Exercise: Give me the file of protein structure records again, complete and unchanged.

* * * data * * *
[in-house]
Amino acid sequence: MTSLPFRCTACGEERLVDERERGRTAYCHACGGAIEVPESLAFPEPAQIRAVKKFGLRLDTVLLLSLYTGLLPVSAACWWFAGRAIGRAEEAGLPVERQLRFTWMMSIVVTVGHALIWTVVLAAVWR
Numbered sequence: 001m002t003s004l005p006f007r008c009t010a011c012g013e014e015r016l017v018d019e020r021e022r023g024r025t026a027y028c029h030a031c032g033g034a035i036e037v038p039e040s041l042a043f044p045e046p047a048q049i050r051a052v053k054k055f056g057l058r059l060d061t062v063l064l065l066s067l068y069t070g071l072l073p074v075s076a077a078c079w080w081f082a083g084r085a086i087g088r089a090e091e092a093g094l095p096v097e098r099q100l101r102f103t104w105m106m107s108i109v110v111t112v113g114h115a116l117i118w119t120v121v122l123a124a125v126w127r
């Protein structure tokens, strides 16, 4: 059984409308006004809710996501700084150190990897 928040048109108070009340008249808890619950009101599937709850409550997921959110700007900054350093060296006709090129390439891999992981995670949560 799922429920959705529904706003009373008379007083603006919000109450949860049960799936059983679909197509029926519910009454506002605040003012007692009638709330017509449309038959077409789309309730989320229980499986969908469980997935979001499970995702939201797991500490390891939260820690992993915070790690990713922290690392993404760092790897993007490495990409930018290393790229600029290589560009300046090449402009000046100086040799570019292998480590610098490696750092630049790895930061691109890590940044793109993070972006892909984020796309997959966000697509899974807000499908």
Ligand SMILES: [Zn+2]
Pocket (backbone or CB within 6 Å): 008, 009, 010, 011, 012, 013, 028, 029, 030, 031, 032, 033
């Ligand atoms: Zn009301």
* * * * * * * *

[in-house]
Amino acid sequence: MTSLPFRCTACGEERLVDERERGRTAYCHACGGAIEVPESLAFPEPAQIRAVKKFGLRLDTVLLLSLYTGLLPVSAACWWFAGRAIGRAEEAGLPVERQLRFTWMMSIVVTVGHALIWTVVLAAVWR
Numbered sequence: 001m002t003s004l005p006f007r008c009t010a011c012g013e014e015r016l017v018d019e020r021e022r023g024r025t026a027y028c029h030a031c032g033g034a035i036e037v038p039e040s041l042a043f044p045e046p047a048q049i050r051a052v053k054k055f056g057l058r059l060d061t062v063l064l065l066s067l068y069t070g071l072l073p074v075s076a077a078c079w080w081f082a083g084r085a086i087g088r089a090e091e092a093g094l095p096v097e098r099q100l101r102f103t104w105m106m107s108i109v110v111t112v113g114h115a116l117i118w119t120v121v122l123a124a125v126w127r
């Protein structure tokens, strides 16, 4: 059984409308006004809710996501700084150190990897 928040048109108070009340008249808890619950009101599937709850409550997921959110700007900054350093060296006709090129390439891999992981995670949560 799922429920959705529904706003009373008379007083603006919000109450949860049960799936059983679909197509029926519910009454506002605040003012007692009638709330017509449309038959077409789309309730989320229980499986969908469980997935979001499970995702939201797991500490390891939260820690992993915070790690990713922290690392993404760092790897993007490495990409930018290393790229600029290589560009300046090449402009000046100086040799570019292998480590610098490696750092630049790895930061691109890590940044793109993070972006892909984020796309997959966000697509899974807000499908």
Ligand SMILES: [Zn+2]
Pocket (backbone or CB within 6 Å): 008, 009, 010, 011, 012, 013, 028, 029, 030, 031, 032, 033
């Ligand atoms: Zn009301």